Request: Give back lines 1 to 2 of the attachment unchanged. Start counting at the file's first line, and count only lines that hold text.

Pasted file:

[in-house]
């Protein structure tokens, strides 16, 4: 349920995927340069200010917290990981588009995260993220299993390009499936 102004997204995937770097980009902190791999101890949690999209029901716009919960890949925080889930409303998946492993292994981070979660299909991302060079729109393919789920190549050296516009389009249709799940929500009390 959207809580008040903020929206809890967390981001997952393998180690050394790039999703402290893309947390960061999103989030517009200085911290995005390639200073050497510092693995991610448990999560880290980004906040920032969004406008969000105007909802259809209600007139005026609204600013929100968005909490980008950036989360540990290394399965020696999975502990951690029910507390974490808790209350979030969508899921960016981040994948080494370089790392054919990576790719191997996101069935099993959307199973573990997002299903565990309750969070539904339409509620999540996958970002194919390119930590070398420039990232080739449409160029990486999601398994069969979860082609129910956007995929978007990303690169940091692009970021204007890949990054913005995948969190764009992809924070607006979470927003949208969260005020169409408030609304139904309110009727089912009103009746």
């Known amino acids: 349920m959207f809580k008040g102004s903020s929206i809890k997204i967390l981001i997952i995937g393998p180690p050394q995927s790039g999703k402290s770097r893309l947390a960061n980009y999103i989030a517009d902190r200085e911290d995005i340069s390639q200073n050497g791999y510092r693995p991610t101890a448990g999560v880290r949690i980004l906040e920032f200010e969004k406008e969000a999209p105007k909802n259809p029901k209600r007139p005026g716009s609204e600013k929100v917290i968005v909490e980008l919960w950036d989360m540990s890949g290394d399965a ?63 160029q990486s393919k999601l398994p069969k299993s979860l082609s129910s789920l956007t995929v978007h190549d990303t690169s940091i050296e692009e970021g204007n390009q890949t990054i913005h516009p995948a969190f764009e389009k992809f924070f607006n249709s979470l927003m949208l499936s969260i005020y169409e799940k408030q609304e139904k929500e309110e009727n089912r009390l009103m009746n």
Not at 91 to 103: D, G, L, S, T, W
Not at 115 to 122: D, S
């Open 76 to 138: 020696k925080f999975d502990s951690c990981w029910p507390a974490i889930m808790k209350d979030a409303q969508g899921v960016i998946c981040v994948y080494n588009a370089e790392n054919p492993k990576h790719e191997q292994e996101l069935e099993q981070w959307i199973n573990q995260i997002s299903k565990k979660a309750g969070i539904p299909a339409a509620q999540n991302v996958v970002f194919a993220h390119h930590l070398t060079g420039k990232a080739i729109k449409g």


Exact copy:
[in-house]
């Protein structure tokens, strides 16, 4: 349920995927340069200010917290990981588009995260993220299993390009499936 102004997204995937770097980009902190791999101890949690999209029901716009919960890949925080889930409303998946492993292994981070979660299909991302060079729109393919789920190549050296516009389009249709799940929500009390 959207809580008040903020929206809890967390981001997952393998180690050394790039999703402290893309947390960061999103989030517009200085911290995005390639200073050497510092693995991610448990999560880290980004906040920032969004406008969000105007909802259809209600007139005026609204600013929100968005909490980008950036989360540990290394399965020696999975502990951690029910507390974490808790209350979030969508899921960016981040994948080494370089790392054919990576790719191997996101069935099993959307199973573990997002299903565990309750969070539904339409509620999540996958970002194919390119930590070398420039990232080739449409160029990486999601398994069969979860082609129910956007995929978007990303690169940091692009970021204007890949990054913005995948969190764009992809924070607006979470927003949208969260005020169409408030609304139904309110009727089912009103009746």